Pam the sleeptrainer – support your toddler’s bedtime routine

Pam the penguin

 

By Marijke, child sleep consultant at Bureau van Slaap

Toddler puberty

Bedtime struggles, no naps during the day, refusing to eat and brush their teeth and last but not least, waking up suuuuper early! Can you relate? 

On a daily basis I receive inquiries from parents if I could help them with their toddler’s bedtime routine. More about this, below!

Method

I use the Droomritme method ©, where I first try to identify why sleeping is not going well, and then I determine an approach to try and fix this problem. Only then you create a more sustainable way of solving the underlying issues, which hopefully results in more consistency and sleep.

Provide support and frameworks in a loving way

In my toddler programs I help parents to find the right daily and bedtime routines. This sounds pretty straightforward, but in reality it seems to be hard. Especially when your little one is experiencing his or her toddler puberty. One moment they could be your best friend, the other moment they could be utterly annoying and try to cross boundaries.

In such moments it is key to give support and frameworks so your little one knows what to expect. In my program I offer multiple tools and one of them is Pam the Sleeptrainer.

Enough sleep is very important to avoid fatigue and tantrums. In my practice I use so-called ‘wake-up times’, which respond to natural rhythms of a child. For example, I could suggest a 5-5 rhythm for a two-year old . The numbers indicate the maximum number of hours a child could be awake before and after his or her afternoon nap.

Do you extend those hours, fatigue accumulates and falling asleep goes under loud protest. The more tired your child gets, the more extreme your child’s behavior becomes (crying and shouting at dinner or when bathing). A kind reminder, sleep creates sleep! The better naps are during the day, the better sleep is at night and thus the next morning starts later.

More valuable sleeping tips for your toddler

I advise no screen time before going to bed. Blue or bright light activates the brain. It seems that kids relax when they are in front of a screen, but they will need to process a lot of stimuli, which makes it harder from them to fall asleep.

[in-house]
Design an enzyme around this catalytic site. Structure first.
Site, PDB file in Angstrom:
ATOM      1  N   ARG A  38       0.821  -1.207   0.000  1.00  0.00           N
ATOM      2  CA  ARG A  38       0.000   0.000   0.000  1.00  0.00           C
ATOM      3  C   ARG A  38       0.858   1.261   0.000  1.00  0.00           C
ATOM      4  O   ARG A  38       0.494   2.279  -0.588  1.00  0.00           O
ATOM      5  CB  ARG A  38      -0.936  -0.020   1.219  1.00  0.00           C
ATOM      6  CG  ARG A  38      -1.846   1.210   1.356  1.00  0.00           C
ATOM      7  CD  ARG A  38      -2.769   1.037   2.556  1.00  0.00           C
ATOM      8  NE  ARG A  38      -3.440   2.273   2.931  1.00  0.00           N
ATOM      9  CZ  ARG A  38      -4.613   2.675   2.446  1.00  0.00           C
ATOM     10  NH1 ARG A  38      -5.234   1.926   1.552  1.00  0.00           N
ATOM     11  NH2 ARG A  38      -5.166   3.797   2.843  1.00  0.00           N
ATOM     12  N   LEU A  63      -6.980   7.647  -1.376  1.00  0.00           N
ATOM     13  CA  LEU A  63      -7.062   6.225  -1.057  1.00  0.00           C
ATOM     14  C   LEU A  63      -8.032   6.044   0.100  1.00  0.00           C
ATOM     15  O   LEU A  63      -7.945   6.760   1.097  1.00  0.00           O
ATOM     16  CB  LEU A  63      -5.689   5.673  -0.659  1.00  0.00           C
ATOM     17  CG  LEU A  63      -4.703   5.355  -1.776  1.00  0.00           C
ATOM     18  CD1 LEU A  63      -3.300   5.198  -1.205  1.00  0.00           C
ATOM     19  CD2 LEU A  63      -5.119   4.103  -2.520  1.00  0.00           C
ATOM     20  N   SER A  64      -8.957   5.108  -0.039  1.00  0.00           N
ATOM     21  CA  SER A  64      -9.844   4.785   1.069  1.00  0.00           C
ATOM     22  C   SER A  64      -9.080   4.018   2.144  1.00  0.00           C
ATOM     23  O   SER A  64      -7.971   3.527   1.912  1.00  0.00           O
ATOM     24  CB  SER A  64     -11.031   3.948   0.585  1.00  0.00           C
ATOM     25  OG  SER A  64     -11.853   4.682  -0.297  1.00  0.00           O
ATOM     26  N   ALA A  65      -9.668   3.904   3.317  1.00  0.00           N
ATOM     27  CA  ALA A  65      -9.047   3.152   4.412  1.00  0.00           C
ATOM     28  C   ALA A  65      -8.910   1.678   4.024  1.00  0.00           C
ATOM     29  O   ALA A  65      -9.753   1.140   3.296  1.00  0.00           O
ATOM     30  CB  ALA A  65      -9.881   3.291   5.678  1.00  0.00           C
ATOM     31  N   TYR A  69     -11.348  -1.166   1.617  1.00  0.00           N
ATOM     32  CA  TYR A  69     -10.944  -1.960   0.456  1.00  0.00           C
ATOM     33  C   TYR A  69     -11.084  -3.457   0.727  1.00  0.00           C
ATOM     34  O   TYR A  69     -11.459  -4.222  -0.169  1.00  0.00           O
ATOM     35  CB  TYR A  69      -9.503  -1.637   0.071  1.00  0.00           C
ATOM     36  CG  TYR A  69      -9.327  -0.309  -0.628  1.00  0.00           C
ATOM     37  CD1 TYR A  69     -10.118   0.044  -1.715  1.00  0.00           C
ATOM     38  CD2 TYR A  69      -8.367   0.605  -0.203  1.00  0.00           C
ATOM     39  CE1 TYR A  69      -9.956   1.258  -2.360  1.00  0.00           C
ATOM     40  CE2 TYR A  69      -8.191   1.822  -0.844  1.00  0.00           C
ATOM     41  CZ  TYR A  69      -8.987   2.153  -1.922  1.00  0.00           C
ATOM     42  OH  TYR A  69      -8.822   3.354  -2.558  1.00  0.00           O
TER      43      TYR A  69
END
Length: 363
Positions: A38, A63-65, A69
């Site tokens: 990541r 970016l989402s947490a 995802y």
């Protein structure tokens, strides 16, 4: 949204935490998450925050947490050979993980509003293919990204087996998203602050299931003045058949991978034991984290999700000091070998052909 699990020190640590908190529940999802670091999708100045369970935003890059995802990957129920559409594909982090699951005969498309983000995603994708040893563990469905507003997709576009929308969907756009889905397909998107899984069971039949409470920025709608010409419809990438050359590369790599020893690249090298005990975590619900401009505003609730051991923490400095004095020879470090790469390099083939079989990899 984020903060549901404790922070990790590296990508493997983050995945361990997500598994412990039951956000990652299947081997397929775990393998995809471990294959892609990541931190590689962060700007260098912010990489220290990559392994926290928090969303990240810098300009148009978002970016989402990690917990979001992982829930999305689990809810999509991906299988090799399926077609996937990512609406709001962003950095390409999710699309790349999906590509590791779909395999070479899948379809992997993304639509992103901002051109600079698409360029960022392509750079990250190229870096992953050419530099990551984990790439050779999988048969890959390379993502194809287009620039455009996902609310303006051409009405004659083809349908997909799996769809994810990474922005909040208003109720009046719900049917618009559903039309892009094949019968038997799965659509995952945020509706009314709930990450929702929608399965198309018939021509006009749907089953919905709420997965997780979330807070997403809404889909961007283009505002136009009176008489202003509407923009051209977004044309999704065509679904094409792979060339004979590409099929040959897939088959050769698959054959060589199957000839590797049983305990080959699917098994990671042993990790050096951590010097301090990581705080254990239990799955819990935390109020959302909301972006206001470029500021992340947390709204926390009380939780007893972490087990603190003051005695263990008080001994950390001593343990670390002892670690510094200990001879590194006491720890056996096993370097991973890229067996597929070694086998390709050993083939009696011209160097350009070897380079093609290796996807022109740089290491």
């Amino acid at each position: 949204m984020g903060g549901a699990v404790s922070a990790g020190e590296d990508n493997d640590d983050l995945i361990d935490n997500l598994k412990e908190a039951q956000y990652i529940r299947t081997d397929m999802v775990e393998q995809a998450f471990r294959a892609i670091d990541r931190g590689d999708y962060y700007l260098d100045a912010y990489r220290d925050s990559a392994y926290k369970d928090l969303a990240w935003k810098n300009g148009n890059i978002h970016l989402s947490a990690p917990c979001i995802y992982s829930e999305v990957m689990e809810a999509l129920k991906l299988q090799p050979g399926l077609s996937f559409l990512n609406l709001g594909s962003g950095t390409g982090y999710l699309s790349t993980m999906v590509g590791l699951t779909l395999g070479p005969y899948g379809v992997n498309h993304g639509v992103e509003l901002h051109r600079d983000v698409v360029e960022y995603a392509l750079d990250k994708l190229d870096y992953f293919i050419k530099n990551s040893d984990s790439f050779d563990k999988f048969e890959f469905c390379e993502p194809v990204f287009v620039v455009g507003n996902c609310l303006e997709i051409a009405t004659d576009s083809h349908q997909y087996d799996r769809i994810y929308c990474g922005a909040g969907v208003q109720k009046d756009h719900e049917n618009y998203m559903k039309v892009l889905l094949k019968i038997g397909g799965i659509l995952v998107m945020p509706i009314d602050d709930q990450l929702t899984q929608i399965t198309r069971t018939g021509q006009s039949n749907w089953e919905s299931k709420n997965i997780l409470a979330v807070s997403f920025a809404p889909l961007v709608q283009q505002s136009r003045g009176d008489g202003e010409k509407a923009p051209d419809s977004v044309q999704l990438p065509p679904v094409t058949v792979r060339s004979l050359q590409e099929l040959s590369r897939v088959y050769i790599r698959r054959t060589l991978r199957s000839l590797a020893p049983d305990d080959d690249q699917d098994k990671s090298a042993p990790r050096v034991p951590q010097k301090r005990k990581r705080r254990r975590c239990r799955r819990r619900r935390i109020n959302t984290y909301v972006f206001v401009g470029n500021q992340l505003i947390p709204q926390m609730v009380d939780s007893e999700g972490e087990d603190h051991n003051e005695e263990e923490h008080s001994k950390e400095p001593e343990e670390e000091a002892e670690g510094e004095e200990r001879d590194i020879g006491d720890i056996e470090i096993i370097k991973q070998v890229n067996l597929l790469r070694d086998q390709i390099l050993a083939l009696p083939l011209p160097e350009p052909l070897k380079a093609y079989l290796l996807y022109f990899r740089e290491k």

Give your child an exclusive one on one moment at the end of a day, with sincere attention. This could result in less attention seeking behavior when going to bed.

Try to create a consistent bedtime routine so your child understands when he or she should prepare for bed.

Pam the sleeptrainer

Recurring advise in my program is to use Pam the sleeptrainer. Pam gives structure to a child, which is a key part of the program. Pam’s color indicates when it is time to sleep (red) and when it is time to get up (green). And also, half an hour before wake up time the light turns orange, so your child knows he or she has to play in their room for a little while. 

It is easy to understand and efficient!

Pam the sleeptrainer

 

 

Why Pam the penguin in my program?

I prefer Pam over other sleeptrainers because there are no extra sounds such as ticking clocks or clicking parts. 

Pam’s design is very nice and you could also use it as a nightlight only, including timer so your little one does not have to sleep in a lit room. 

The penguin could be your child’s friend. The colors indicate a clear system and my experience teaches me that most kids from 2 years and older understand the color scheme. In other words, red means time to sleep / stay in bed.

An example from my practice

Recently I finished a session with a 27-month old child who kept waking up her parents in the early morning. Her parents put her back to bed when it was before 5.30 am, but she did not understand why. She was awake, why could the day not start? And when it was after 5.30 am she was allowed to sleep in her parent’s bed, because they thought ‘it is almost morning now’. 

There was loud protest when it was 5.00 am and she had to be in her own room. Sometimes she could sleep in her parent’s bed, but sometimes she needed to be in her own room. It was all very confusing for her. After all, she is not able to tell time.

For this family Pam was a huge relief. When the little one now wakes up, she knows what to do. Stay in her room when the light is red / orange, or go to her parent’s room when it is green. It is important to mention that as a parent you have to be consistent too, it’s not advised to wake up your child before the sleeptrainer has turned green.

All in all, I am a firm believer of Pam – this is not sponsored – because I see the penguin as a valuable addition to my program.

Photo by Creative Bonnie Duijs Studio

Written by Marijke. Child sleep consultant at Bureau van Slaap

Do you want to know more about my toddler program, have a look at my website and follow me on Instagram @bureauvanslaap for free tips and tricks.

Disclaimer: All thoughts and opinions are mine and are not influenced by ZAZU Kids